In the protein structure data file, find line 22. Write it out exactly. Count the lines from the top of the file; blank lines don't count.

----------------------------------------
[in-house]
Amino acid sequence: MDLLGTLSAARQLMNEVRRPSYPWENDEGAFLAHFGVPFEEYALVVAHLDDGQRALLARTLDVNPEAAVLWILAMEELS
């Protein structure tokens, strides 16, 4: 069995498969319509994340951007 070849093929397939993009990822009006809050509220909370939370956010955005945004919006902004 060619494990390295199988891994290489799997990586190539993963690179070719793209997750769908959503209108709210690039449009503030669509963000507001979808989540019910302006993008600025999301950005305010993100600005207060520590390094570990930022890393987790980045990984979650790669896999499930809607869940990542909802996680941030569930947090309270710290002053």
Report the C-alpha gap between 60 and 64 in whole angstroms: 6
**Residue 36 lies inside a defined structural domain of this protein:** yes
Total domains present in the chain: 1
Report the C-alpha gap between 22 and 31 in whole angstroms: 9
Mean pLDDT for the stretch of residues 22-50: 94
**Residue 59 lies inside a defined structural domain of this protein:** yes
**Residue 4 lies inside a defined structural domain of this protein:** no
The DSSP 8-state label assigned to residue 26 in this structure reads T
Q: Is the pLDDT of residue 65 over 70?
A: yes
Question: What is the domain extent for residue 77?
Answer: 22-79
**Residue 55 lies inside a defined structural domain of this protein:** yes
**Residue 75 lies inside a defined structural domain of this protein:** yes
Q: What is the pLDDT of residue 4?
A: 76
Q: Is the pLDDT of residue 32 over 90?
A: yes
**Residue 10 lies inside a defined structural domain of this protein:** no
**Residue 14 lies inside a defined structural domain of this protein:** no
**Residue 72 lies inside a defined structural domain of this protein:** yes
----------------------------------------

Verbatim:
**Residue 10 lies inside a defined structural domain of this protein:** no